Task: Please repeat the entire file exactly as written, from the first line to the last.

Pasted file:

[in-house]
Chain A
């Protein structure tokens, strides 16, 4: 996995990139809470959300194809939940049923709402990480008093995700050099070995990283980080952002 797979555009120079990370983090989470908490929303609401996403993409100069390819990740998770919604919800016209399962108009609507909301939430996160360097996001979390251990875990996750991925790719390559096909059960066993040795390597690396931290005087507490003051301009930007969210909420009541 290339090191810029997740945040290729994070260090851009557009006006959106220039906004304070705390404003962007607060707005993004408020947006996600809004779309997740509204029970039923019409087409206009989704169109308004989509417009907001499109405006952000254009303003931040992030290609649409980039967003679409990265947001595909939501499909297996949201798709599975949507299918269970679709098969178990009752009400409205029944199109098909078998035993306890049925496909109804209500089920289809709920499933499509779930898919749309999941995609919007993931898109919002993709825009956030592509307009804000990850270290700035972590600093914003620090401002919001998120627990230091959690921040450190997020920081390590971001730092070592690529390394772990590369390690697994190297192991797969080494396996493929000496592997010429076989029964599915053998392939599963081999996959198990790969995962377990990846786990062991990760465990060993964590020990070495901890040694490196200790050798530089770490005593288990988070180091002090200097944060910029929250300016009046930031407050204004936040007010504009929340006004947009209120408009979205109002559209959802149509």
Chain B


[in-house]
Chain A
């Protein structure tokens, strides 16, 4: 996995990139809470959300194809939940049923709402990480008093995700050099070995990283980080952002 797979555009120079990370983090989470908490929303609401996403993409100069390819990740998770919604919800016209399962108009609507909301939430996160360097996001979390251990875990996750991925790719390559096909059960066993040795390597690396931290005087507490003051301009930007969210909420009541 290339090191810029997740945040290729994070260090851009557009006006959106220039906004304070705390404003962007607060707005993004408020947006996600809004779309997740509204029970039923019409087409206009989704169109308004989509417009907001499109405006952000254009303003931040992030290609649409980039967003679409990265947001595909939501499909297996949201798709599975949507299918269970679709098969178990009752009400409205029944199109098909078998035993306890049925496909109804209500089920289809709920499933499509779930898919749309999941995609919007993931898109919002993709825009956030592509307009804000990850270290700035972590600093914003620090401002919001998120627990230091959690921040450190997020920081390590971001730092070592690529390394772990590369390690697994190297192991797969080494396996493929000496592997010429076989029964599915053998392939599963081999996959198990790969995962377990990846786990062991990760465990060993964590020990070495901890040694490196200790050798530089770490005593288990988070180091002090200097944060910029929250300016009046930031407050204004936040007010504009929340006004947009209120408009979205109002559209959802149509």
Chain B